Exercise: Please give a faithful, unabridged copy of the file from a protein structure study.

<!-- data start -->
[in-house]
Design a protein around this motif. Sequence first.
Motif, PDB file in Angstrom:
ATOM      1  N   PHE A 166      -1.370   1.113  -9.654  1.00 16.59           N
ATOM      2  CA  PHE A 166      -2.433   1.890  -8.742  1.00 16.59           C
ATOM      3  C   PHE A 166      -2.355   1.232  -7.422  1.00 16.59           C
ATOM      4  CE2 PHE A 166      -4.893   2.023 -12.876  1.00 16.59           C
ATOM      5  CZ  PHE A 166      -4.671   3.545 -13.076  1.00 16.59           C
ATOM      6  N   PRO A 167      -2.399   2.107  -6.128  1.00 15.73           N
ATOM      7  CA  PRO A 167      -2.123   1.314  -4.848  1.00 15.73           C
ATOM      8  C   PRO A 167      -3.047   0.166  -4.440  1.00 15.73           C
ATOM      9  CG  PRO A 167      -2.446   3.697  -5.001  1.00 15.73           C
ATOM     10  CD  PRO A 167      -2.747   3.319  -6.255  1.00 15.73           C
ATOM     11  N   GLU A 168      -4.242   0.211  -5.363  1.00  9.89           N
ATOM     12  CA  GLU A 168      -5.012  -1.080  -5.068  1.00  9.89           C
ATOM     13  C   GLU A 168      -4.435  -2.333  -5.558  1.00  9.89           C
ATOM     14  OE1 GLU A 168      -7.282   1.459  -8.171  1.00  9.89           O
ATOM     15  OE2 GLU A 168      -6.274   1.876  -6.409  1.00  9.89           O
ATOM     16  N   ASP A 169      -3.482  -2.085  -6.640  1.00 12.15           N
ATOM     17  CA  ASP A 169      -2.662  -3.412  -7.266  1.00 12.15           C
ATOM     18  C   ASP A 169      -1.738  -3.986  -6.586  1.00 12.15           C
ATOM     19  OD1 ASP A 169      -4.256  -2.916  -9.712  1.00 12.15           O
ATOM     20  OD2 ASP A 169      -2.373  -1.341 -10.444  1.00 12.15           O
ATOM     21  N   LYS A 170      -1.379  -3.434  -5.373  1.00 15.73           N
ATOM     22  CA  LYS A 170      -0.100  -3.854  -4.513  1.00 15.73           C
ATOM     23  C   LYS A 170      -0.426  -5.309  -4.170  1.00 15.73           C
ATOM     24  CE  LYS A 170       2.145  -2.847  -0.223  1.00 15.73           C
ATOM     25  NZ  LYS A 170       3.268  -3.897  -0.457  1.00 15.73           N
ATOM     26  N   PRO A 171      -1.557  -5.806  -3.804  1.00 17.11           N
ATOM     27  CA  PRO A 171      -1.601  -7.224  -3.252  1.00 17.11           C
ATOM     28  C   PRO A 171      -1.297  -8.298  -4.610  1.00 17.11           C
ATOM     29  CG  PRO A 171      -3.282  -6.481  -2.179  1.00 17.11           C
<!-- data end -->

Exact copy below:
[in-house]
Design a protein around this motif. Sequence first.
Motif, PDB file in Angstrom:
ATOM      1  N   PHE A 166      -1.370   1.113  -9.654  1.00 16.59           N
ATOM      2  CA  PHE A 166      -2.433   1.890  -8.742  1.00 16.59           C
ATOM      3  C   PHE A 166      -2.355   1.232  -7.422  1.00 16.59           C
ATOM      4  CE2 PHE A 166      -4.893   2.023 -12.876  1.00 16.59           C
ATOM      5  CZ  PHE A 166      -4.671   3.545 -13.076  1.00 16.59           C
ATOM      6  N   PRO A 167      -2.399   2.107  -6.128  1.00 15.73           N
ATOM      7  CA  PRO A 167      -2.123   1.314  -4.848  1.00 15.73           C
ATOM      8  C   PRO A 167      -3.047   0.166  -4.440  1.00 15.73           C
ATOM      9  CG  PRO A 167      -2.446   3.697  -5.001  1.00 15.73           C
ATOM     10  CD  PRO A 167      -2.747   3.319  -6.255  1.00 15.73           C
ATOM     11  N   GLU A 168      -4.242   0.211  -5.363  1.00  9.89           N
ATOM     12  CA  GLU A 168      -5.012  -1.080  -5.068  1.00  9.89           C
ATOM     13  C   GLU A 168      -4.435  -2.333  -5.558  1.00  9.89           C
ATOM     14  OE1 GLU A 168      -7.282   1.459  -8.171  1.00  9.89           O
ATOM     15  OE2 GLU A 168      -6.274   1.876  -6.409  1.00  9.89           O
ATOM     16  N   ASP A 169      -3.482  -2.085  -6.640  1.00 12.15           N
ATOM     17  CA  ASP A 169      -2.662  -3.412  -7.266  1.00 12.15           C
ATOM     18  C   ASP A 169      -1.738  -3.986  -6.586  1.00 12.15           C
ATOM     19  OD1 ASP A 169      -4.256  -2.916  -9.712  1.00 12.15           O
ATOM     20  OD2 ASP A 169      -2.373  -1.341 -10.444  1.00 12.15           O
ATOM     21  N   LYS A 170      -1.379  -3.434  -5.373  1.00 15.73           N
ATOM     22  CA  LYS A 170      -0.100  -3.854  -4.513  1.00 15.73           C
ATOM     23  C   LYS A 170      -0.426  -5.309  -4.170  1.00 15.73           C
ATOM     24  CE  LYS A 170       2.145  -2.847  -0.223  1.00 15.73           C
ATOM     25  NZ  LYS A 170       3.268  -3.897  -0.457  1.00 15.73           N
ATOM     26  N   PRO A 171      -1.557  -5.806  -3.804  1.00 17.11           N
ATOM     27  CA  PRO A 171      -1.601  -7.224  -3.252  1.00 17.11           C
ATOM     28  C   PRO A 171      -1.297  -8.298  -4.610  1.00 17.11           C
ATOM     29  CG  PRO A 171      -3.282  -6.481  -2.179  1.00 17.11           C